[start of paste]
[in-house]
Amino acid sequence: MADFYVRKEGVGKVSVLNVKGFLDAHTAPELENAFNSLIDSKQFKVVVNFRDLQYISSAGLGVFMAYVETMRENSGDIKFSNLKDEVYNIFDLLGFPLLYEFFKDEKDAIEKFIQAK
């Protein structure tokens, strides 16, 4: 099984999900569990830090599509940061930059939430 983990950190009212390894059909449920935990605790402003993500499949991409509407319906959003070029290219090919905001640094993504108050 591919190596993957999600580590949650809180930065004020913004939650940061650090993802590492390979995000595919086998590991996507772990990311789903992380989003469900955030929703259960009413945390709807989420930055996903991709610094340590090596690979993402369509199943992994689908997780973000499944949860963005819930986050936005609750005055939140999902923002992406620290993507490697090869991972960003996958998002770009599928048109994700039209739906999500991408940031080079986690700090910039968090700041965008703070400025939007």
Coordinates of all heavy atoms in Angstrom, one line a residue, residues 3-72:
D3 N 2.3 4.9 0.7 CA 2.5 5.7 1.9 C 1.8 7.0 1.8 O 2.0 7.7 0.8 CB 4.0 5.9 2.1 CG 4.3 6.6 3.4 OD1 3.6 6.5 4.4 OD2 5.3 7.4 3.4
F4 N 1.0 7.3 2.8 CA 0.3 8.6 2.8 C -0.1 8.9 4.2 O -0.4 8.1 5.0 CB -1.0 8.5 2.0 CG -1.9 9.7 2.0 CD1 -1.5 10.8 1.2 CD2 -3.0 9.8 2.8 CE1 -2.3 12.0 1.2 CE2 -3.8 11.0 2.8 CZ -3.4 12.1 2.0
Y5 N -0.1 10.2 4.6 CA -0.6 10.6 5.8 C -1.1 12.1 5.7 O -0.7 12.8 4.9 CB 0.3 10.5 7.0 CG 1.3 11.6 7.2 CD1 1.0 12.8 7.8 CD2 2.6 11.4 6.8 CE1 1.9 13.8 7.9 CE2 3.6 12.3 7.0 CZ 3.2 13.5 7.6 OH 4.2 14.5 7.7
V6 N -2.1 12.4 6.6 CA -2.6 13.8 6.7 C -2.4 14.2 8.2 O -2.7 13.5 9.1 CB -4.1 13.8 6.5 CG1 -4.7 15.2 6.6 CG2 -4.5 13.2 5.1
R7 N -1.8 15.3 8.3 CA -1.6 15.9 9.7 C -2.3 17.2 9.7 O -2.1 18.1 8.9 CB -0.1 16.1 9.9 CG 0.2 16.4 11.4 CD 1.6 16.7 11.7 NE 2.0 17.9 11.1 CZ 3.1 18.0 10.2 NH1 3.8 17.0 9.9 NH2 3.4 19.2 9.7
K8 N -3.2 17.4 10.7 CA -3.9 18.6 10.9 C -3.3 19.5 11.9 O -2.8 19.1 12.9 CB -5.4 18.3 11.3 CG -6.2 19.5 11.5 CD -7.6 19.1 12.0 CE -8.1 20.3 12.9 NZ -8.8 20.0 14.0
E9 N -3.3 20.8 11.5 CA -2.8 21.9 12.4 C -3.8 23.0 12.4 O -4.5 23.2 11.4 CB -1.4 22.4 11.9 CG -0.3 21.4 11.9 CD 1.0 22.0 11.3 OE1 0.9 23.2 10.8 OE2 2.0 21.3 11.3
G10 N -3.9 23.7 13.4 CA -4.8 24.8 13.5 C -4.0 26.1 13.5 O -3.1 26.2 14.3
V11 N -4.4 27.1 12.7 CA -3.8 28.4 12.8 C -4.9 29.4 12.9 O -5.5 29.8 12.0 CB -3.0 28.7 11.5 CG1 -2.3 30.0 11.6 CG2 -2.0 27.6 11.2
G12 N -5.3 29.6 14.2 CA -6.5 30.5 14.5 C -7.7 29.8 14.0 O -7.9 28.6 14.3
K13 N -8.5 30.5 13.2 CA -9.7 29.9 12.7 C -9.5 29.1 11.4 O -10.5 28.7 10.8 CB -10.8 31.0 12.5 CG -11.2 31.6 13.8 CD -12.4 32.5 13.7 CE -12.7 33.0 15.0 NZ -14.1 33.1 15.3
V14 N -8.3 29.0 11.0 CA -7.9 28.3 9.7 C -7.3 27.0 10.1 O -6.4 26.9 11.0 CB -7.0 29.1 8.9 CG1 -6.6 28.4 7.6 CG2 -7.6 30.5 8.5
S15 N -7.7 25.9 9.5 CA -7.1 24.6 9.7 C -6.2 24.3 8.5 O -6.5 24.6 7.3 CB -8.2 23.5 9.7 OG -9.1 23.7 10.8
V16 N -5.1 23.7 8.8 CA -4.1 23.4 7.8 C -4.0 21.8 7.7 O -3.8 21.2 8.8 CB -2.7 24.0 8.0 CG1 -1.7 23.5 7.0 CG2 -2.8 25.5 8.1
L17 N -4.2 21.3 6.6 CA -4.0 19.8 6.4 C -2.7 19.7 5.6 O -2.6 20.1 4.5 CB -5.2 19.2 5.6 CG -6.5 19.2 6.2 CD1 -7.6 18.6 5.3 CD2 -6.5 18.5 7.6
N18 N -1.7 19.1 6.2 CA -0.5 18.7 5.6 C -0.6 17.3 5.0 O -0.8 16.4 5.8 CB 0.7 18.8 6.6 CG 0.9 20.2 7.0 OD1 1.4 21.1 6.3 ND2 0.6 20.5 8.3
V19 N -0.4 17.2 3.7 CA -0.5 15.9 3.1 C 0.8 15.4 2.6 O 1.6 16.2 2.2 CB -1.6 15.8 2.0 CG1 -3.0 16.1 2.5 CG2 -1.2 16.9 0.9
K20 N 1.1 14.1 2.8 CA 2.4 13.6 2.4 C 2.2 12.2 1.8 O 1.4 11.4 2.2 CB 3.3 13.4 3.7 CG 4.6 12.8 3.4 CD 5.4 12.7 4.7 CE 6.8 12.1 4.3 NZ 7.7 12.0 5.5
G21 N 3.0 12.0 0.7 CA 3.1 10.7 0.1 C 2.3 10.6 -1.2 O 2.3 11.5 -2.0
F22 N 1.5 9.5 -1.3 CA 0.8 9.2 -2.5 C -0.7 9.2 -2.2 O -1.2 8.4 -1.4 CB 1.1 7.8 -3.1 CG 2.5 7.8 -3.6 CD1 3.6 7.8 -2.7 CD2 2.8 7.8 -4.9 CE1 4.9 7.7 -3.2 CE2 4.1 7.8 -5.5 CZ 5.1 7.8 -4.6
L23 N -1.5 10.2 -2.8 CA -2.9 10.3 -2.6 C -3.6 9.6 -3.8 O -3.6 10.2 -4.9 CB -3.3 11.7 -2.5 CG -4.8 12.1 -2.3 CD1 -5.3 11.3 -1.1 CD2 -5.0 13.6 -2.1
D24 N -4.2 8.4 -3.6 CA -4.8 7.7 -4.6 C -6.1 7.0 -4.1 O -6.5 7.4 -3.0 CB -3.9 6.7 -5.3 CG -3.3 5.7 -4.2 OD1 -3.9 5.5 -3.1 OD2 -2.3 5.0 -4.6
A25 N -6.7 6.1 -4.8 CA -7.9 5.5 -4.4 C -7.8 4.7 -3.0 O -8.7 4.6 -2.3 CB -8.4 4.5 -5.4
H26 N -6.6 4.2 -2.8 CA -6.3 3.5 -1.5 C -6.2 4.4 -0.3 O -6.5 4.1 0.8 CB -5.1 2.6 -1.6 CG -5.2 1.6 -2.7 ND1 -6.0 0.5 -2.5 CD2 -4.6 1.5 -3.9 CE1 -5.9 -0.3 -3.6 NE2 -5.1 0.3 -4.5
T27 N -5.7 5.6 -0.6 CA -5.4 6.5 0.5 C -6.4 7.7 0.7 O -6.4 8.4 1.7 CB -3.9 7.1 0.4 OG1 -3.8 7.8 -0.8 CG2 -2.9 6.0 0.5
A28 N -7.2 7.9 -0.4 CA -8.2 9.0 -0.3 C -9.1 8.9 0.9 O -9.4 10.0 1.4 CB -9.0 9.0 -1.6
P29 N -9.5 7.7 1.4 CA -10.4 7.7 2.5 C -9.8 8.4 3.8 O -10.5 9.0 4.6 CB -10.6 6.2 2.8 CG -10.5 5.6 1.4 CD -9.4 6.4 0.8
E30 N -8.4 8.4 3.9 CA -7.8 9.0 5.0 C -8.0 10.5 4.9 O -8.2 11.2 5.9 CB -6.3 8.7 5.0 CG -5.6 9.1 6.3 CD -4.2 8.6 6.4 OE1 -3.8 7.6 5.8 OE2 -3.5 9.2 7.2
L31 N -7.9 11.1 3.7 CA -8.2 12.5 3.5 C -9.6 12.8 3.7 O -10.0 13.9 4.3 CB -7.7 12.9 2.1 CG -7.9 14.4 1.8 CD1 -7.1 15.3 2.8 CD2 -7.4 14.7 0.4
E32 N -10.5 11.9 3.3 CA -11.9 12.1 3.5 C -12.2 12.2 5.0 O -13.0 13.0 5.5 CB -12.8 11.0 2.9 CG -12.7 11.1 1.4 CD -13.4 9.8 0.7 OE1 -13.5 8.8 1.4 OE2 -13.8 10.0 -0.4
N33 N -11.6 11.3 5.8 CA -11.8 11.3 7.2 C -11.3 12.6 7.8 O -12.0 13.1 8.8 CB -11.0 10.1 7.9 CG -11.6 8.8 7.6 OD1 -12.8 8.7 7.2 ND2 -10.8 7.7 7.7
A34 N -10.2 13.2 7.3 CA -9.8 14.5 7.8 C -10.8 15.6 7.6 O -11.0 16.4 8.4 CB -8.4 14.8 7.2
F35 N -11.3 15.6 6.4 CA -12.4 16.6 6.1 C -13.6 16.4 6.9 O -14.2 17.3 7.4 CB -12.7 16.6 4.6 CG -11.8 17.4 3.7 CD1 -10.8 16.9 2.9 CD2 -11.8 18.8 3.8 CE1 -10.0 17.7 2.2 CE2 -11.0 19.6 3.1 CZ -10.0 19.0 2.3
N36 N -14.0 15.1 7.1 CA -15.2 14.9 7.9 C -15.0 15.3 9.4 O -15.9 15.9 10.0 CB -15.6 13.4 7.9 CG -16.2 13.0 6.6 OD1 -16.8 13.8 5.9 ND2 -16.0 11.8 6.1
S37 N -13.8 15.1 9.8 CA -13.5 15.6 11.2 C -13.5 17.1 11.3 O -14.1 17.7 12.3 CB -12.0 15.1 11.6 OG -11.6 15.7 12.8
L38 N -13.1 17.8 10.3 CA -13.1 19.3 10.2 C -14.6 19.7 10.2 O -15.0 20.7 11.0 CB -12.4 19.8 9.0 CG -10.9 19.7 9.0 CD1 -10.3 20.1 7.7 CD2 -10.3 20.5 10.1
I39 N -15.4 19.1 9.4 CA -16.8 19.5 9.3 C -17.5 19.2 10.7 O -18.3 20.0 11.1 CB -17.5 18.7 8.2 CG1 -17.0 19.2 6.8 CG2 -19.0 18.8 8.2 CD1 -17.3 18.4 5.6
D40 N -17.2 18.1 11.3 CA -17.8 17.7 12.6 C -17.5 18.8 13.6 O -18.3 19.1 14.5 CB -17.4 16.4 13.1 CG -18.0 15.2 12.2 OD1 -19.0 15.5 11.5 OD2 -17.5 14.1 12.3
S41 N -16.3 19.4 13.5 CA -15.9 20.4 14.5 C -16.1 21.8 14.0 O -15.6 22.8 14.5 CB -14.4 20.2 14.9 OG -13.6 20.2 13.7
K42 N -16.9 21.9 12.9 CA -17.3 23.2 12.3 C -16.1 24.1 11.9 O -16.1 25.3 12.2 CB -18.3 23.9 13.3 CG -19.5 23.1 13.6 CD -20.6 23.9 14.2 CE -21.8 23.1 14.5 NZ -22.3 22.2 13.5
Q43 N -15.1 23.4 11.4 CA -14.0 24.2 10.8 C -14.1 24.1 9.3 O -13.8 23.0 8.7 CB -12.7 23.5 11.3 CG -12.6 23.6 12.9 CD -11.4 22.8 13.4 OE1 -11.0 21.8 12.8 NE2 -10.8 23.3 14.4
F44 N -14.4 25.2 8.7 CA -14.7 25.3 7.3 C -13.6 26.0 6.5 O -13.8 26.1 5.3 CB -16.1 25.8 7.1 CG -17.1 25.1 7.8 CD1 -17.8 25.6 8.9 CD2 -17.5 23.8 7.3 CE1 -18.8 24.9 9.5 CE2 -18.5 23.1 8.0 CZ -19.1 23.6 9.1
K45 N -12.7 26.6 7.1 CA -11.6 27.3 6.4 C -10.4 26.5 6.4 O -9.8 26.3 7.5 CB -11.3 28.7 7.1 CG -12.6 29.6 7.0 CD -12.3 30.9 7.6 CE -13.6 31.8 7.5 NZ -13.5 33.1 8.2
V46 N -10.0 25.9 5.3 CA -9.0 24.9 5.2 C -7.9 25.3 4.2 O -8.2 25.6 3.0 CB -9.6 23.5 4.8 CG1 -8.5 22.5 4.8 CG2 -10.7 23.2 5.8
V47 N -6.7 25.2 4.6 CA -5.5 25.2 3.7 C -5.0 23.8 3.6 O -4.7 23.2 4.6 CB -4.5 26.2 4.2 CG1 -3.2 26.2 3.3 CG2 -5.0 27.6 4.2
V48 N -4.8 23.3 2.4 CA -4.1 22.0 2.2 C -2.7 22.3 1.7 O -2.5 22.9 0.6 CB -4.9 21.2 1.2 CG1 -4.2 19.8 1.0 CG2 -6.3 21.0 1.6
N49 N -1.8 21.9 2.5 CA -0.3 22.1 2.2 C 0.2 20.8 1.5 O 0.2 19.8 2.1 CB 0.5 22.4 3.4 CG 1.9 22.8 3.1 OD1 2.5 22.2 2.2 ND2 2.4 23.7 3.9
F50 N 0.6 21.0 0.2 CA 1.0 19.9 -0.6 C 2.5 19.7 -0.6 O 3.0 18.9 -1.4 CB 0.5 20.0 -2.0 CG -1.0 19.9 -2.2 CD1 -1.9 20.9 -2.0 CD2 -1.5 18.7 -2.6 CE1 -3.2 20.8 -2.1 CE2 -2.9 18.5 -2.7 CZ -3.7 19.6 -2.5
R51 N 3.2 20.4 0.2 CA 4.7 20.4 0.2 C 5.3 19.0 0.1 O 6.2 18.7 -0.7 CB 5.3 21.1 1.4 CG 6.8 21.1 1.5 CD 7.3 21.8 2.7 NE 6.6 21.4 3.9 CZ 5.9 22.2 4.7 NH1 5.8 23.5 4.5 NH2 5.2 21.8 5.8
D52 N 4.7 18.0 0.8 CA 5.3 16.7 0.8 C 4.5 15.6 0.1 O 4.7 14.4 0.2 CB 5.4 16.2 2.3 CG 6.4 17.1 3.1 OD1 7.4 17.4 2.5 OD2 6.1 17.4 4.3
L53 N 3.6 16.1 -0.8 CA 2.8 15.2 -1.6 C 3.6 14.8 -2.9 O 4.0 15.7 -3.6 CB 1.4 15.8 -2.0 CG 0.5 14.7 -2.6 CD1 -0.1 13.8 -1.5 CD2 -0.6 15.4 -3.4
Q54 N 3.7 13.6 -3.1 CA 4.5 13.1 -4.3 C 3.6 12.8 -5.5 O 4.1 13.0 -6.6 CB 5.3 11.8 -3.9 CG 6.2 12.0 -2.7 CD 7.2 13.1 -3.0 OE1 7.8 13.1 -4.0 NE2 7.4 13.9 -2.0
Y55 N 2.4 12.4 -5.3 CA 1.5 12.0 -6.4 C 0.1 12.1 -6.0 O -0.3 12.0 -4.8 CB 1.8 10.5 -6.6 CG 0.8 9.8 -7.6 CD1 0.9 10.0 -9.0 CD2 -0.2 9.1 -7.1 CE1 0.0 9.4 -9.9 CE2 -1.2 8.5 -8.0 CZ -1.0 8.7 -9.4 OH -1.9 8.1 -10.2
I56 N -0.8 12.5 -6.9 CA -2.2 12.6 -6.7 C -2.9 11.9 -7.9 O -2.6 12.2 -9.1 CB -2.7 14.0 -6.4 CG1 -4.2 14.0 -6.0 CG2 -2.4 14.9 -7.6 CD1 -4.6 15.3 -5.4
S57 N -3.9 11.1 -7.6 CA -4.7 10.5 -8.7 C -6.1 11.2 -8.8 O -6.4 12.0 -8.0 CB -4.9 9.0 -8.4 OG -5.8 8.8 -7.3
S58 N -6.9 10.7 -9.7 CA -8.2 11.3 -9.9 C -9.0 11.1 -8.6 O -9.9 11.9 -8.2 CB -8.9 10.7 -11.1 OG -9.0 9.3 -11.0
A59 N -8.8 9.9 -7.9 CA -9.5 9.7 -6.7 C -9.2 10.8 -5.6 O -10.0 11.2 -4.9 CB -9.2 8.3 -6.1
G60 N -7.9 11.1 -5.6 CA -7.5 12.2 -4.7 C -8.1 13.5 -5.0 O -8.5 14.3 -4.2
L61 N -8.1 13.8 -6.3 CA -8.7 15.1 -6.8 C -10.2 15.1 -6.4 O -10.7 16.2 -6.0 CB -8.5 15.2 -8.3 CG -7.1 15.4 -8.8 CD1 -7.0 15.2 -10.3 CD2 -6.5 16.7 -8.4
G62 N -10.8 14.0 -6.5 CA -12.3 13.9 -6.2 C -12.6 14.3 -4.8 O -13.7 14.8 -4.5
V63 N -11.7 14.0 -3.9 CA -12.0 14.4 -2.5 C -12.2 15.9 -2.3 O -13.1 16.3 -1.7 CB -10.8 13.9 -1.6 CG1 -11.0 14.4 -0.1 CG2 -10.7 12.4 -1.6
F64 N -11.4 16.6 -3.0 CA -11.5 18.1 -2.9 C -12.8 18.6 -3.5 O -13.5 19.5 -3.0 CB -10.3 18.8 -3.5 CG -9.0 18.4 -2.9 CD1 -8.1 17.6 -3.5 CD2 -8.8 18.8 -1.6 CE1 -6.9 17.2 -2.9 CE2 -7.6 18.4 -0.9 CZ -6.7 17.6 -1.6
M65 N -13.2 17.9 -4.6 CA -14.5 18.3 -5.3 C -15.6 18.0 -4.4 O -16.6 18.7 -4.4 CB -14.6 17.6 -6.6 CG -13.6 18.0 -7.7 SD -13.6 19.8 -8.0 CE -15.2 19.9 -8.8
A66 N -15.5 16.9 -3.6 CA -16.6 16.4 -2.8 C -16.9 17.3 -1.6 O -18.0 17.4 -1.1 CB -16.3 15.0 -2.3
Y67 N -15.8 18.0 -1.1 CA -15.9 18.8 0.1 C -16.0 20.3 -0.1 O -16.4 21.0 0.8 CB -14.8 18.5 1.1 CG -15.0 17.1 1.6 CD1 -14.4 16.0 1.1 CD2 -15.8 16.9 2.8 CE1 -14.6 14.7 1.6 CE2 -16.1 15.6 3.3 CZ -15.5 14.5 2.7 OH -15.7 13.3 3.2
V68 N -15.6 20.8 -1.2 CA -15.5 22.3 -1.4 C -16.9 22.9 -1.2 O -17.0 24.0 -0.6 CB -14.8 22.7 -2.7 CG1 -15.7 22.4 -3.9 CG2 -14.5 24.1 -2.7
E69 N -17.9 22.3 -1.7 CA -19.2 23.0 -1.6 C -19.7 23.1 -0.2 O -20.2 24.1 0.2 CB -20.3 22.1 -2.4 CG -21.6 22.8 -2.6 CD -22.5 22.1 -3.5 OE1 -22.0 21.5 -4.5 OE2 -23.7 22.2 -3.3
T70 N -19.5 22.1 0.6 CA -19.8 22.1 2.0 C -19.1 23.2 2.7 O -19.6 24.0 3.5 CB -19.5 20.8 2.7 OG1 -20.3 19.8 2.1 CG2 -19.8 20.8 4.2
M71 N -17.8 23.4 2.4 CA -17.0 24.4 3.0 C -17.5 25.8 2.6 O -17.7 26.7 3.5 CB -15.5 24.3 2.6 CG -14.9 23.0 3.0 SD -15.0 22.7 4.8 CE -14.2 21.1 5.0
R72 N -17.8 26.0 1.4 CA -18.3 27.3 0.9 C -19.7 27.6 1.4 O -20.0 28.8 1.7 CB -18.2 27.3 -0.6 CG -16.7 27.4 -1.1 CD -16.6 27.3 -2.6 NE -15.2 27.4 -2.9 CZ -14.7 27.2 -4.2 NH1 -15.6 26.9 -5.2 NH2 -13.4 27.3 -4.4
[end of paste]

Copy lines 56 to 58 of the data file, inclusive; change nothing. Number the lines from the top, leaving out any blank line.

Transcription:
Q54 N 3.7 13.6 -3.1 CA 4.5 13.1 -4.3 C 3.6 12.8 -5.5 O 4.1 13.0 -6.6 CB 5.3 11.8 -3.9 CG 6.2 12.0 -2.7 CD 7.2 13.1 -3.0 OE1 7.8 13.1 -4.0 NE2 7.4 13.9 -2.0
Y55 N 2.4 12.4 -5.3 CA 1.5 12.0 -6.4 C 0.1 12.1 -6.0 O -0.3 12.0 -4.8 CB 1.8 10.5 -6.6 CG 0.8 9.8 -7.6 CD1 0.9 10.0 -9.0 CD2 -0.2 9.1 -7.1 CE1 0.0 9.4 -9.9 CE2 -1.2 8.5 -8.0 CZ -1.0 8.7 -9.4 OH -1.9 8.1 -10.2
I56 N -0.8 12.5 -6.9 CA -2.2 12.6 -6.7 C -2.9 11.9 -7.9 O -2.6 12.2 -9.1 CB -2.7 14.0 -6.4 CG1 -4.2 14.0 -6.0 CG2 -2.4 14.9 -7.6 CD1 -4.6 15.3 -5.4